As our tour guide described how almost everything that lived in the forest could cause possible human death, Amy and I kept guard out for lurking spider webs and thorny plant vines swinging overhead. What we didn’t expect was to encounter a rare and endangered prehistoric flightless bird called a Cassowary. As we strayed from our tour group to listen in on interesting forest facts other tour guides were sharing with their groups, a gigantic animal resembling a turkey, but with a blue head and dinosaur feet jumped out in front of us on the trail! “A cassowary!” I shouted. I only knew about this bird because about 15 minutes prior, our guide pointed out a Cassowary Plum, a seed that grows in the rainforest only after being digested and excreted by the Cassowary bird. The seed is toxic to any other animal that eats it, but the Cassowary bird and the Cassowary Plum have this interesting symbiotic relationship going that allows both of them to benefit off each other. The bird came and went, and our group missed it, walking ahead of us eager to get back in the car. A different tour guide, panicked by the surprise appearance of the bird, warned his group to stay away from the bird since they have been known to attack by jumping on people until they puncture the person’s jugular with their deathly claws if they feel threatened. We got to see it (and get a good picture)!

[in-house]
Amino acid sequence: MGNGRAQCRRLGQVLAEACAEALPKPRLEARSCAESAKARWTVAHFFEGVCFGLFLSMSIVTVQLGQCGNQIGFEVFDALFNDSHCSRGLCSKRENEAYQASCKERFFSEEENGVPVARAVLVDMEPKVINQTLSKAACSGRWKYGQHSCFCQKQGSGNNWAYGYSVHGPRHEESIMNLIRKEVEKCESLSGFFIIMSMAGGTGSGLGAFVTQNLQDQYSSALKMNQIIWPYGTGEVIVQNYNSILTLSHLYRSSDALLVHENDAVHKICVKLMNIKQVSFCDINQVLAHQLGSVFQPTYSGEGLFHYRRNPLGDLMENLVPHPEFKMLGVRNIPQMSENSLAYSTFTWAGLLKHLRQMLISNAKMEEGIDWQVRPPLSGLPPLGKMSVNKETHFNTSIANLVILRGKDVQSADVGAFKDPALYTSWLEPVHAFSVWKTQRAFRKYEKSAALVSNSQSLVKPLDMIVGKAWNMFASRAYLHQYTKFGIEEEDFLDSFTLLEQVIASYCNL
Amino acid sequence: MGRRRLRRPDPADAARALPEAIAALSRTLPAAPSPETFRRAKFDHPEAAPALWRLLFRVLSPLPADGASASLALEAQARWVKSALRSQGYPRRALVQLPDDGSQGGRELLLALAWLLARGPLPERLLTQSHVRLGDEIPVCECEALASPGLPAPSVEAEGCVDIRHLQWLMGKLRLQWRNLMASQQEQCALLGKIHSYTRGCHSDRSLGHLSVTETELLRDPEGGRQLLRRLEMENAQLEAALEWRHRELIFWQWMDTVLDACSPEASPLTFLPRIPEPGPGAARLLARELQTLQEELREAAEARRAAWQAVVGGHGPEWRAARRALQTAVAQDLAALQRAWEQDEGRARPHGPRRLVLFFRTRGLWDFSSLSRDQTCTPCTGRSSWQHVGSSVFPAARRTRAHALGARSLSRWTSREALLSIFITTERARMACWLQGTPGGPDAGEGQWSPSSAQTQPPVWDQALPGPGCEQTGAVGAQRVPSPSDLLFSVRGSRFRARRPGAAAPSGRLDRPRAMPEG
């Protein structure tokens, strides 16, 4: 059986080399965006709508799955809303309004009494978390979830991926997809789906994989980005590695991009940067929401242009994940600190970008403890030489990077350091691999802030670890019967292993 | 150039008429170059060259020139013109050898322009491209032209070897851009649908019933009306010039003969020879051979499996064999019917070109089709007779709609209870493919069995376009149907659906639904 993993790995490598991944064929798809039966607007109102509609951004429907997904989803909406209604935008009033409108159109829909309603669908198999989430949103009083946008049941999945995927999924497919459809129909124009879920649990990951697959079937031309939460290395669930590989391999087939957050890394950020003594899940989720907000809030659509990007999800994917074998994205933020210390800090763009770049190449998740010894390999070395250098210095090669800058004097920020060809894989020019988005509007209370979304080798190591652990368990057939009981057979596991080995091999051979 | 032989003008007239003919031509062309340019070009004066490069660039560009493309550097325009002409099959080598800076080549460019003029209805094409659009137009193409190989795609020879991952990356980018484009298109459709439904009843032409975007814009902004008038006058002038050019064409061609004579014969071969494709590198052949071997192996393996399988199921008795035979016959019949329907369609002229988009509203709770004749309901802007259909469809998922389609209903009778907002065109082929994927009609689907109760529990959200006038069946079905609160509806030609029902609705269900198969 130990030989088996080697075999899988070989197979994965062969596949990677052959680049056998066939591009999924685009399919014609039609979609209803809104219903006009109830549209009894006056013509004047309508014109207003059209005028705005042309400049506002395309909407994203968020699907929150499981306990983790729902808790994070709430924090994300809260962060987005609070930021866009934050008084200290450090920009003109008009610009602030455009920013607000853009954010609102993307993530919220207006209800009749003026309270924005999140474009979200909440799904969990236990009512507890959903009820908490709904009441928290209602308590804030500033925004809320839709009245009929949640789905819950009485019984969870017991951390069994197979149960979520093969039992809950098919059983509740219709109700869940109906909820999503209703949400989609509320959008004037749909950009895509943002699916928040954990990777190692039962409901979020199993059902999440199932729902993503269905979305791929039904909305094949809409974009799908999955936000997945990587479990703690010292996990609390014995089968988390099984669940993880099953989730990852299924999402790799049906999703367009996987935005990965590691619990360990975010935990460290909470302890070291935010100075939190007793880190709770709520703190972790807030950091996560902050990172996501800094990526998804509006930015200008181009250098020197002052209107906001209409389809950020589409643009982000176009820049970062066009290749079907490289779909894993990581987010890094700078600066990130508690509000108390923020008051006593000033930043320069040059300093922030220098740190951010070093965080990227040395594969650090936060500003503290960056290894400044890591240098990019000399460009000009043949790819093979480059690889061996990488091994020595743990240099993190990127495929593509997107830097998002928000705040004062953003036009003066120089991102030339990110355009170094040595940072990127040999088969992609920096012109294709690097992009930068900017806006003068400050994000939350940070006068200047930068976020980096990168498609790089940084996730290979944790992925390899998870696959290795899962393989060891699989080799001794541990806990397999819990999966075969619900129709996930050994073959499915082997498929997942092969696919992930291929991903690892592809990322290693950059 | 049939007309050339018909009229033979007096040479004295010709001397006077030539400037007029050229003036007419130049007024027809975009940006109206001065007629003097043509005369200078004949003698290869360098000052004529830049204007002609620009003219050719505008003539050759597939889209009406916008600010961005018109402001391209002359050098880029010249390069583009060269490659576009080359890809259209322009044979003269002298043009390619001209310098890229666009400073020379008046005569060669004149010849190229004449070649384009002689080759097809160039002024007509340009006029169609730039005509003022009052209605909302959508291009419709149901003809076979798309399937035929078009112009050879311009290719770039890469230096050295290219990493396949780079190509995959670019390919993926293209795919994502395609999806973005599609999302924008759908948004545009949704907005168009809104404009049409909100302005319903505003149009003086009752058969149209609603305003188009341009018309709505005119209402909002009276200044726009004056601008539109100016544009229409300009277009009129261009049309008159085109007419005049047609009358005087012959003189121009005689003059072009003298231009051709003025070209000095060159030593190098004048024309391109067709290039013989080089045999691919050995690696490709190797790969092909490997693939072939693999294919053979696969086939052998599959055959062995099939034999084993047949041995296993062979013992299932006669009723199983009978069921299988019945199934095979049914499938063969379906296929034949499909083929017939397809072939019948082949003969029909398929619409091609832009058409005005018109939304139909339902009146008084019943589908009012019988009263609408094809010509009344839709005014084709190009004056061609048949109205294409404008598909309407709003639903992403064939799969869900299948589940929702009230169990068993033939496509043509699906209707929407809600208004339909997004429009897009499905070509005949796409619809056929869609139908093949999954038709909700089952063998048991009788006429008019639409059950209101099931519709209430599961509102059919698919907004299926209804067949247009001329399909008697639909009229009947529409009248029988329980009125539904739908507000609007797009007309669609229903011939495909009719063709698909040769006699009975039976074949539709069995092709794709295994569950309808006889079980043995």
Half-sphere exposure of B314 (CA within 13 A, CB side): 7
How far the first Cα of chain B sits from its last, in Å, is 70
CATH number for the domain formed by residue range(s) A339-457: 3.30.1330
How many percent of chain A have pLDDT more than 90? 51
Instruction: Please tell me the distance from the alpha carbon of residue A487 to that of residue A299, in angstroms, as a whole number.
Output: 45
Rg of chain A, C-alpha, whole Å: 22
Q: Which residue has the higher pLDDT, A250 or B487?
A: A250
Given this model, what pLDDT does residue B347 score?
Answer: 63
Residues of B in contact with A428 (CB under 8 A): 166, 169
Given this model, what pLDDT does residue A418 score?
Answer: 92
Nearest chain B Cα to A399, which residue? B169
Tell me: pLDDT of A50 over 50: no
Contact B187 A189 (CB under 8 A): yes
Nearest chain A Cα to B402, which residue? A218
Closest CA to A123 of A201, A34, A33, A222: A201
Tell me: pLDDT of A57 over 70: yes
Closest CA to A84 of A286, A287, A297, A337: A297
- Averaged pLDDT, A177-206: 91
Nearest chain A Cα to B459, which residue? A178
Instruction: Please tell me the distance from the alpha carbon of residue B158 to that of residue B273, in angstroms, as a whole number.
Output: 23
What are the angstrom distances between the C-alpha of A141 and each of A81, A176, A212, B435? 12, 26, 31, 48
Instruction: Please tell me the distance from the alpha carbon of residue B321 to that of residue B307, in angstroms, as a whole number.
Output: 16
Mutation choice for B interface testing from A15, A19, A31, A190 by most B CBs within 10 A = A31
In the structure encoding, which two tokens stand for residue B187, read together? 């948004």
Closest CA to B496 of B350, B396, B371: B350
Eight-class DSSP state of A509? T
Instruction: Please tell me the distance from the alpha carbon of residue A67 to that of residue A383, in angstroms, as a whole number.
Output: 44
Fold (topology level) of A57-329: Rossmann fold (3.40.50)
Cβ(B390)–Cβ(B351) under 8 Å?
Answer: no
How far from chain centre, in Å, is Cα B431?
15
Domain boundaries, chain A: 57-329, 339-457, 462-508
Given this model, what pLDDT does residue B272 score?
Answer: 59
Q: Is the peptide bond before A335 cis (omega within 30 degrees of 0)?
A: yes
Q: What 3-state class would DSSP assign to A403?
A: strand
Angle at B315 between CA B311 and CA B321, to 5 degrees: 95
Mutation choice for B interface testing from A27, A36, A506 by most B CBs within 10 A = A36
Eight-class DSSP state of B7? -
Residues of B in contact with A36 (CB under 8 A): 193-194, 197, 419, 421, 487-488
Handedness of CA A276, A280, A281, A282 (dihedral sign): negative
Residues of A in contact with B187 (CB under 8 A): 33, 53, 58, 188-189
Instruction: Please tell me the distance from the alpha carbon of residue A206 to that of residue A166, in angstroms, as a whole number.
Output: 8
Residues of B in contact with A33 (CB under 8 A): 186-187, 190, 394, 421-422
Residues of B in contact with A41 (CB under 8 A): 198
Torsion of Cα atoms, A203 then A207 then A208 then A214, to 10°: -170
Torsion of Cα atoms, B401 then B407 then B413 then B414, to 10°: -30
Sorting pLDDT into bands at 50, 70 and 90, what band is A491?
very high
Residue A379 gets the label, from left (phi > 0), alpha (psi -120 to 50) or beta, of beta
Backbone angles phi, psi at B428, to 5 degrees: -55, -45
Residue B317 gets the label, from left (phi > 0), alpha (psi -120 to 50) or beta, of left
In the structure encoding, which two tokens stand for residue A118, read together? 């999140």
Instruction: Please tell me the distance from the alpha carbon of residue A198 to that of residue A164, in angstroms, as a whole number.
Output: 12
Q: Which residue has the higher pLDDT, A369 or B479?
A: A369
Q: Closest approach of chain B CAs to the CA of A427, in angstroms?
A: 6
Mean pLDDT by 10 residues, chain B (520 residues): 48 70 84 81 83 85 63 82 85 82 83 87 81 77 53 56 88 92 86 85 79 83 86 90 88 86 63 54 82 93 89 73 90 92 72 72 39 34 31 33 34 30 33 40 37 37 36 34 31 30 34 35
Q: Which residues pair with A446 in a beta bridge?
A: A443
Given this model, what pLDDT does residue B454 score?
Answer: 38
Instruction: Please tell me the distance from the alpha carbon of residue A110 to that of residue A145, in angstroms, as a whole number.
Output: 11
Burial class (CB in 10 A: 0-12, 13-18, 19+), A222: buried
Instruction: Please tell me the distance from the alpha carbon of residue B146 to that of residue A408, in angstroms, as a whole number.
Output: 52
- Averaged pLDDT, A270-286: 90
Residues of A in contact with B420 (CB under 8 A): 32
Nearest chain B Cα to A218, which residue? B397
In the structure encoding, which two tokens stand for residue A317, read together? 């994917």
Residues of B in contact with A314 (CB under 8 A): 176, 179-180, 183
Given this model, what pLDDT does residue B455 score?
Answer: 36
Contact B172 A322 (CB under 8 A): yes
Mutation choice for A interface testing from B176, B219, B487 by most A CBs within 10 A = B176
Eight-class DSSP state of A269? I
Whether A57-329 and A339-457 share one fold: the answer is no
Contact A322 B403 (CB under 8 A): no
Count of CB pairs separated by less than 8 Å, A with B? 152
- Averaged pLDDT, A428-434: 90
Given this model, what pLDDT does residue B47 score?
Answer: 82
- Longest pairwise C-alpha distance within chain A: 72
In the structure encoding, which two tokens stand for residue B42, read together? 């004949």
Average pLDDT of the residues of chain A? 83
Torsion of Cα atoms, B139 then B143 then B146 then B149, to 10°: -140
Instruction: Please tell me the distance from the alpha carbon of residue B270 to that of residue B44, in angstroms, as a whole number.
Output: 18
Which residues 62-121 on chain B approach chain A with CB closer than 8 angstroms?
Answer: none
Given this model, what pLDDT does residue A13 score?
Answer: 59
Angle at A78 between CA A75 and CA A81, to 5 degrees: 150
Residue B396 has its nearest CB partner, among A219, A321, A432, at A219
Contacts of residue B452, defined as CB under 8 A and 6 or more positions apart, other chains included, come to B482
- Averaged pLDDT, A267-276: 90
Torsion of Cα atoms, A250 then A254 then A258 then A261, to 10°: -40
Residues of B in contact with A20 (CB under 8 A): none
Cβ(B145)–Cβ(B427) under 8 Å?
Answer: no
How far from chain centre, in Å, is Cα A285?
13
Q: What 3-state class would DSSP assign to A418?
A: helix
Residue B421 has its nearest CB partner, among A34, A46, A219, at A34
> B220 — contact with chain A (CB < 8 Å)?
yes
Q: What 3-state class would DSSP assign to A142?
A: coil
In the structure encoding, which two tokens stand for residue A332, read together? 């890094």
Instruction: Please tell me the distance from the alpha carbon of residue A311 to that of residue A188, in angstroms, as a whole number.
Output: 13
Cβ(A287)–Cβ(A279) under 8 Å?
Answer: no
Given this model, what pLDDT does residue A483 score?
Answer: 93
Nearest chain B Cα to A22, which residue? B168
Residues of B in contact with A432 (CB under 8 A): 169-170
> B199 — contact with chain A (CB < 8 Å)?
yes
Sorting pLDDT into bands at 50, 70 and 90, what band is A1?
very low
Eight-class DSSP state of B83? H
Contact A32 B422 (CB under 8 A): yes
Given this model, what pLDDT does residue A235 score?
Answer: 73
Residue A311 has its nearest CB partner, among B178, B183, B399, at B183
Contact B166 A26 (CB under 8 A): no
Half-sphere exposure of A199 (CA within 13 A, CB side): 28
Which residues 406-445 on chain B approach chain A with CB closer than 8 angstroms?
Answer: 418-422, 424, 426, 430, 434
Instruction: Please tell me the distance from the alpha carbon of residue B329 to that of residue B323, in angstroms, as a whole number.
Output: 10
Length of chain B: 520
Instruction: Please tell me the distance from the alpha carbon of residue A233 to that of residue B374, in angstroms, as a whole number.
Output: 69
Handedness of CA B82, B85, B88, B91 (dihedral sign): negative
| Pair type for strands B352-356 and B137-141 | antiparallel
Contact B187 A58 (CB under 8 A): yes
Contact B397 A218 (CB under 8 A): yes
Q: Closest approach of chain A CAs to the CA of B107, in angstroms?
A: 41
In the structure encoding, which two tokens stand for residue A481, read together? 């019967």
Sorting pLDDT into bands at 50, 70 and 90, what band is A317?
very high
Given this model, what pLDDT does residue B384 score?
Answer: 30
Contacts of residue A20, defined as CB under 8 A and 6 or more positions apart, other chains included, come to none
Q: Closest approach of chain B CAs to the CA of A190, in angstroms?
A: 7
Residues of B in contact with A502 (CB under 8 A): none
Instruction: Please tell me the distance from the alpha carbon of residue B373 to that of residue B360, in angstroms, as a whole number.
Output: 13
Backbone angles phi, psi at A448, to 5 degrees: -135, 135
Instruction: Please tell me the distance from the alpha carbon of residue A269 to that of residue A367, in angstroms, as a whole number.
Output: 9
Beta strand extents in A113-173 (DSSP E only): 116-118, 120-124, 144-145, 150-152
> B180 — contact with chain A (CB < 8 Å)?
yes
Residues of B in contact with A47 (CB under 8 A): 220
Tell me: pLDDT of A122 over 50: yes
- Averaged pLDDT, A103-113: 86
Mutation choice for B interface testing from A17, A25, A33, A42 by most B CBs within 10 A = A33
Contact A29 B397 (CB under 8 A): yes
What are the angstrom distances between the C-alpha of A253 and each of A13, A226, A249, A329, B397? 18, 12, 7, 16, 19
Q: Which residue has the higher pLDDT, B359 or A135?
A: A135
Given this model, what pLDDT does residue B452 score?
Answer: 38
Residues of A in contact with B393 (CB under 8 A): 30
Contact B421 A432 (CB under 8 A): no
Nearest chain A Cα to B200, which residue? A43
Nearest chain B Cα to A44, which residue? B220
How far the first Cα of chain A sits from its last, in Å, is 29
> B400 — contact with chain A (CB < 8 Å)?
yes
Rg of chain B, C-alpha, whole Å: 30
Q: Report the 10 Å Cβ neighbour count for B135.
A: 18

The Daintree is filled with Jurassic-age species of plants, gravity defying vines, and other interesting mosses and fungi:

  

  

The rain started to come down as we explored, but only a few drops of water hit our heads since the dense, multi-layered canopy was acting as a natural umbrella from the rain.

While lunch was on the barbie, Amy and I ventured out in a canoe down the river by ourselves. I’d like to say that we braved grand rapids (although we were the only two in the group who made it out of the small wading lagoon into the river), wrestled crocs, and fished for our lunch, but the ride was pretty uneventful… well, except for that large Eastern Water Dragon that plopped in the water in front of our canoe. Before heading out for our official river boat tour, I picked up a rainforest rock for my nephew, Tyler, who is fascinated by geology.

To wrap up our time in the Daintree Rainforest, we headed on a river boat and set out to see the mangroves and some Aussie crocs! We spotted 5 – 2 males and 3 females! Since it is the beginning of winter here, the crocs are pretty sedentary. They come in from the ocean and practically hibernate on the mudbanks. The mangrove-lined river displayed an intricate web of mangrove roots, home to spawning fish before they head out to sea. We were on the river at low tide, so we were able to really appreciate the shallow rooted trees.

  

We ended the forest tour with a stop by the famous Floravilla Ice Cream Factory, a biodynamic, organic and very tasty ice cream treasure in Daintree. It was a great way to rattle our taste buds and cool off with flavors like black sapote, pumpkin cinnamon, rhubarb, goji berry, avocado, and chili chocolate.

And then it was time to say goodbye… to beautiful Queensland and my friend. My first Aussie exploration would not have been as memorable without a partner in crime. Amy, thanks for being our first visitor and for being the best crazy repeller, dessert eating, spider killing, dolphin stealing travel buddy I could have asked for!

Look out on top of Mount Alexandra in the Daintree Rainforest